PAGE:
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One Year Later: We Still Don’t Know How Many Shot by Police

Person-shaped target with bullet holes
Person-shaped target with bullet holes
Kanya Bennett,
Former Senior Legislative Counsel,
American Civil Liberties Union
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May 18, 2016

One year ago today, the White House released The Final Report of the President’s Task Force on 21st Century Policing — 116 pages of recommendations meant to address the epidemic of killings of unarmed Black and brown people by the police officers sworn to protect them. The report was supposed to be a blueprint for reforms in policing this country has needed for decades. Yet 12 months after its publication, our government still can’t even come up with the number of people who have been killed by U.S. police.

“[E]mbarrassing and ridiculous”—that’s how the director of the FBI characterized our government’s lack of data on killings by police. He also said it’s “unacceptable” that we have to rely on two newspapers — The Guardian and The Washington Post — to get national estimates for these statistics.

The federal government is the official record keeper of shark attacks and farm animals. Certainly police shootings are of national significance, too, and should be documented by the very entity that provides dollars and resources to local police. How can we start to address a national crisis if our own government can’t measure it?

This year’s tallies by the Guardian and the Post are roughly the same as they were at this point last year — the problems with our police departments’ use of force aren’t going away.

Think of David Joseph, who was unarmed and naked when an Austin, Texas, police officer shot him three times and killed him. Reports indicate that the 17-year-old African-American may have been experiencing a mental health crisis when he was shot in February. Almost a year ago, similar circumstances surrounded the fatal police shooting of Anthony Hill in DeKalb County, Georgia.

A police officer in Winslow, Arizona, shot Loreal Tsingine five times, killing her after she allegedly threatened him with scissors. Police said the 27-year-old Native American woman was a shoplifting suspect from a nearby convenience store.

Mental illness plays a role in 25 percent of fatal police shootings. People of color make up 47 percent of those killed by police. Just as troubling as these statistics is that we have to piece them together from two newspapers’ databases whose totals don’t match up. Why isn’t our government doing the job?

Because the recommendation in The Final Report of the President’s Task Force on 21st Century Policing on data collection is a “should,” not a “must”: “policies on use of force should also require agencies to collect, maintain, and report data to the federal government on all officer-involved shootings, whether fatal or nonfatal, as well as any in-custody death.”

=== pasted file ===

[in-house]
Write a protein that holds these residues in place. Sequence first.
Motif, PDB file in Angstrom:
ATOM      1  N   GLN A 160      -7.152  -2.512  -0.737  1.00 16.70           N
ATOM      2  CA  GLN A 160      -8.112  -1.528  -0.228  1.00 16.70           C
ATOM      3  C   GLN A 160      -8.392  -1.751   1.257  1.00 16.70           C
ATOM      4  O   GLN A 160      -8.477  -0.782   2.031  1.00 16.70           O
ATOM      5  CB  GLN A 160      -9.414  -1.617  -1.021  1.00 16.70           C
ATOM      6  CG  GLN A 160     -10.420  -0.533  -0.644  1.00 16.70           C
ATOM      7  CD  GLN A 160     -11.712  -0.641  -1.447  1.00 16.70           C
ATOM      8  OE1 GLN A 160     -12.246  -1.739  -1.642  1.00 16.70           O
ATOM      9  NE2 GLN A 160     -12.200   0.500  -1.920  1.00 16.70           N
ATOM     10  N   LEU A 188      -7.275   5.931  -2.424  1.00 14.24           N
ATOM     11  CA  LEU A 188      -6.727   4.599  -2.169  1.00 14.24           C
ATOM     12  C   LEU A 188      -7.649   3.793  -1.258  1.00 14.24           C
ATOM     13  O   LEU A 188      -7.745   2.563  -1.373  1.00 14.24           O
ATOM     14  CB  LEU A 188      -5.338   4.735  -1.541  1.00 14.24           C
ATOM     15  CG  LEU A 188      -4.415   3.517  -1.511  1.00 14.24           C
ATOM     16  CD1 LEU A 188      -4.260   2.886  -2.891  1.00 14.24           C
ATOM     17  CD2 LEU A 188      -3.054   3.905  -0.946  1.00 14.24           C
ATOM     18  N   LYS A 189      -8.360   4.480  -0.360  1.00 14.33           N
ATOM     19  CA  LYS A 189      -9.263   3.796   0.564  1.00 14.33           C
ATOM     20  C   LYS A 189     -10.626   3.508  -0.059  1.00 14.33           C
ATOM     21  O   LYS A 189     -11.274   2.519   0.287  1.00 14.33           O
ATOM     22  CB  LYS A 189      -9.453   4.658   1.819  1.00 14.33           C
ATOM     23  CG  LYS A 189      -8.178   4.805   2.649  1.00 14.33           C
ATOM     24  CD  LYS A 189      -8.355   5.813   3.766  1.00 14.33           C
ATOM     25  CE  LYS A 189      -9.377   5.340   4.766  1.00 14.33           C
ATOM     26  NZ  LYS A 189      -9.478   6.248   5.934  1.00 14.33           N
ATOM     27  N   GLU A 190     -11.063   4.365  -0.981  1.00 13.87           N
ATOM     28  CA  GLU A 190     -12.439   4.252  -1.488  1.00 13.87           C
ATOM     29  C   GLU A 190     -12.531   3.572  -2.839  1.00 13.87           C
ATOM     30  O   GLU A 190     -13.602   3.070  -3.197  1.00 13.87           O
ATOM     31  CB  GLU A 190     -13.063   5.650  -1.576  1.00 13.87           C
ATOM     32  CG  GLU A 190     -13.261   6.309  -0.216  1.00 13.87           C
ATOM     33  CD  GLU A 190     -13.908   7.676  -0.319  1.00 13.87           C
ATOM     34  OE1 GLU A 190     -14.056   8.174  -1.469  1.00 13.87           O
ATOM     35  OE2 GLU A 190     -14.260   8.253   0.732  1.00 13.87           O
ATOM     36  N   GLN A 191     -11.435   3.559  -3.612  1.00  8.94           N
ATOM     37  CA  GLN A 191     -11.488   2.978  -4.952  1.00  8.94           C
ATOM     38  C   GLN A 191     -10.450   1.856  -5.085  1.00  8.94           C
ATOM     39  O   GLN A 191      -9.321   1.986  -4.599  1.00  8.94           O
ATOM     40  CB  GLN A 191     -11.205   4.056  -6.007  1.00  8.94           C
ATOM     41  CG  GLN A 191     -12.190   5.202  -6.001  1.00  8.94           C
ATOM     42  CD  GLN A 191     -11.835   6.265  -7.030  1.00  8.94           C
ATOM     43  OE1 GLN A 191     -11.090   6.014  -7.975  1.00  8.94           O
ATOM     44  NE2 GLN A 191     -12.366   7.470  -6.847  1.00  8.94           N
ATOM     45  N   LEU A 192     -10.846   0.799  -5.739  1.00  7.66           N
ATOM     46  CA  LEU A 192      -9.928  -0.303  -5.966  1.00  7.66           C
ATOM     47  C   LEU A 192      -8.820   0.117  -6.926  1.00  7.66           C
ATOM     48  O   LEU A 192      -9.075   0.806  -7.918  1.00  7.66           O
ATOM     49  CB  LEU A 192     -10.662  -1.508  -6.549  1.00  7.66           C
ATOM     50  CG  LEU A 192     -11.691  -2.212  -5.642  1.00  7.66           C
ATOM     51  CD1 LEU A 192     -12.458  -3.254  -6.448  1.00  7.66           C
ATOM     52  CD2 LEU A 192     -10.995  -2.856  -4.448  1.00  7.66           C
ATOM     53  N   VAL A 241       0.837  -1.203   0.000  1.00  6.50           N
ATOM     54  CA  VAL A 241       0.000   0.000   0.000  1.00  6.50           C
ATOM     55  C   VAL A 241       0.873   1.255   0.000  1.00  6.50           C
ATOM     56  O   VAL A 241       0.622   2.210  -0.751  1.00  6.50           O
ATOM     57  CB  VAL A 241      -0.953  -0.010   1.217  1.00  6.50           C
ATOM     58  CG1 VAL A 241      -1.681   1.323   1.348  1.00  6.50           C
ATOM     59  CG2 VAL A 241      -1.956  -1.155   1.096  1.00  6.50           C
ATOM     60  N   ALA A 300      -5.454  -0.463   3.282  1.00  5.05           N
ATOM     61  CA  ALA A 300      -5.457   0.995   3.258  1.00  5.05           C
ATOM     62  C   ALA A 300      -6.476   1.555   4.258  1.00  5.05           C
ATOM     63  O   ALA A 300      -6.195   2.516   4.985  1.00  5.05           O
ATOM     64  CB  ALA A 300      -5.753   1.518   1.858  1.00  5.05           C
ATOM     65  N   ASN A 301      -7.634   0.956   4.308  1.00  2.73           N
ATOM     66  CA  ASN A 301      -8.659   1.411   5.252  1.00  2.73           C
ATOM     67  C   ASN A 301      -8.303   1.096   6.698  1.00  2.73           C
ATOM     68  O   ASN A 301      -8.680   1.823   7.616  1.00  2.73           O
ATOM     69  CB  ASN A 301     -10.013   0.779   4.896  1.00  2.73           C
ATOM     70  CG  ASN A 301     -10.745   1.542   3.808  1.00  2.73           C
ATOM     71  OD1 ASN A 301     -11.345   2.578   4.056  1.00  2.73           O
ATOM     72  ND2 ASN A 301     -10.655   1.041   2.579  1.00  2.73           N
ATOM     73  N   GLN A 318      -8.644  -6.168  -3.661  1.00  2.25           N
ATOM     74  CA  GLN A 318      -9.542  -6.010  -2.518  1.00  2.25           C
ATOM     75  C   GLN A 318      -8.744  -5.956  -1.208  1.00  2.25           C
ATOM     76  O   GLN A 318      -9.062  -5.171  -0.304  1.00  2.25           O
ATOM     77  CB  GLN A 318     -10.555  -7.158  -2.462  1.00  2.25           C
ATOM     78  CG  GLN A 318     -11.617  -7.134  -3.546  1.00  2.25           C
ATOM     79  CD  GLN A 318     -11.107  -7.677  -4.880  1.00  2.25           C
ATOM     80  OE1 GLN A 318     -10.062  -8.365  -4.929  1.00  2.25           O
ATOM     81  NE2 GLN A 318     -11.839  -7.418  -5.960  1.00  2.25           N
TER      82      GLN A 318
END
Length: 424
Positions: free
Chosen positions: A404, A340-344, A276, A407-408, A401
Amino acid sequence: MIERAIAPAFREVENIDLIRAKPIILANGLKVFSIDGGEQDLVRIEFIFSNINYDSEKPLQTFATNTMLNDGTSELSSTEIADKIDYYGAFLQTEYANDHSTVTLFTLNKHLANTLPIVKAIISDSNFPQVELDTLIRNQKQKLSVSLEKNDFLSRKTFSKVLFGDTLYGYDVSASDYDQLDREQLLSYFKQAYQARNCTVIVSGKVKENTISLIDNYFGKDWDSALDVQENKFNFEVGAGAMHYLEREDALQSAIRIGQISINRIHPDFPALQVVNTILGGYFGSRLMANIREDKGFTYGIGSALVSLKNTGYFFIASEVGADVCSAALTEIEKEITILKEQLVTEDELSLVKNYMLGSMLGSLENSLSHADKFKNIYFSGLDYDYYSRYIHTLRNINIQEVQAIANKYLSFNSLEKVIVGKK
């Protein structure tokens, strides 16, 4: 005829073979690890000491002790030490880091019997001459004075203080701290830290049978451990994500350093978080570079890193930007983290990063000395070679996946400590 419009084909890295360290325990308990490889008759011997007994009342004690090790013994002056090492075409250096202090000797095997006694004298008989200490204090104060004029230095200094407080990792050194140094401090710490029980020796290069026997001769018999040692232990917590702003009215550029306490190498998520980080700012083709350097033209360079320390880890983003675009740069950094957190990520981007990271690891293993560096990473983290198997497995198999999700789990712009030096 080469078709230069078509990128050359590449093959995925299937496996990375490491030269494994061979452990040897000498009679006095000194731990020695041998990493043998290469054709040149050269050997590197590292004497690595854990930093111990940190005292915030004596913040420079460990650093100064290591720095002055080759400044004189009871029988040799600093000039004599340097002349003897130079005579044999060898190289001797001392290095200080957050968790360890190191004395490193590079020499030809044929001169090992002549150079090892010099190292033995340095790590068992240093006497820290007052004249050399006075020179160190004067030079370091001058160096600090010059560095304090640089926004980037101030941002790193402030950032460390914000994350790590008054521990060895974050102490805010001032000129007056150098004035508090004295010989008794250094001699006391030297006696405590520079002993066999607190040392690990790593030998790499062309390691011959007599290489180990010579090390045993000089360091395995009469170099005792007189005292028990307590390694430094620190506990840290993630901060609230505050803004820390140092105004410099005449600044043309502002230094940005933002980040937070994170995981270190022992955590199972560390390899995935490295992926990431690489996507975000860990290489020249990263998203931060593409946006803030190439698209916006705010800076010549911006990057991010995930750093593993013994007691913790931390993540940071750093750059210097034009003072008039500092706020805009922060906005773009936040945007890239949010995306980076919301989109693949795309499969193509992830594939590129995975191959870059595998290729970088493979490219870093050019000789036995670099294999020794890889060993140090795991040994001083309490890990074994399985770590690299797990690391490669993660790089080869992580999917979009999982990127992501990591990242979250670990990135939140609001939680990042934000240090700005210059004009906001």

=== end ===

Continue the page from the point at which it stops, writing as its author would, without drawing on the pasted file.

“Should” means that providing data on police shootings to the federal government remains voluntary, which is why the FBI’s Unified Crime Reporting data — the most comprehensive government database on crimes in the nation — can’t produce any national statistics. A grand total of 224 police departments out of the more than 18,000 across the country reported fatal police shootings to the federal government in 2014.

For too long, the Department of Justice has allowed police departments to opt out of sharing their data with the federal government, even when these departments receive federal funds. As we and 81 other organizations urged the Department of Justice in March, it’s time to require any department that gets a piece of the annual $4 billion in criminal justice grants it gives to state and local agencies to collect and report data on police-community encounters. The Justice Department should also issue regulations for the Deaths in Custody Reporting Act, so we know what “custody” means and what happens when departments don’t comply.

Since the task force report, the White House, FBI, and Bureau of Justice Statistics have each begun new police data programs. But these initiatives all rely on voluntary participation just like their failed predecessors. The numbers say it all: A mere 53 police departments nationwide have signed up for the White House Police Data Initiative. That’s a participation rate of less than 1 percent.

The FBI says it is making significant improvements to its database. But even with the best data system in the world, what good is it without data? The federal government needs to take more than modest steps to collect information on police-community encounters. And law enforcement has a responsibility to provide the data we need to advance necessary reforms.

If the federal government is giving out federal dollars, law enforcement has to hand over the data.

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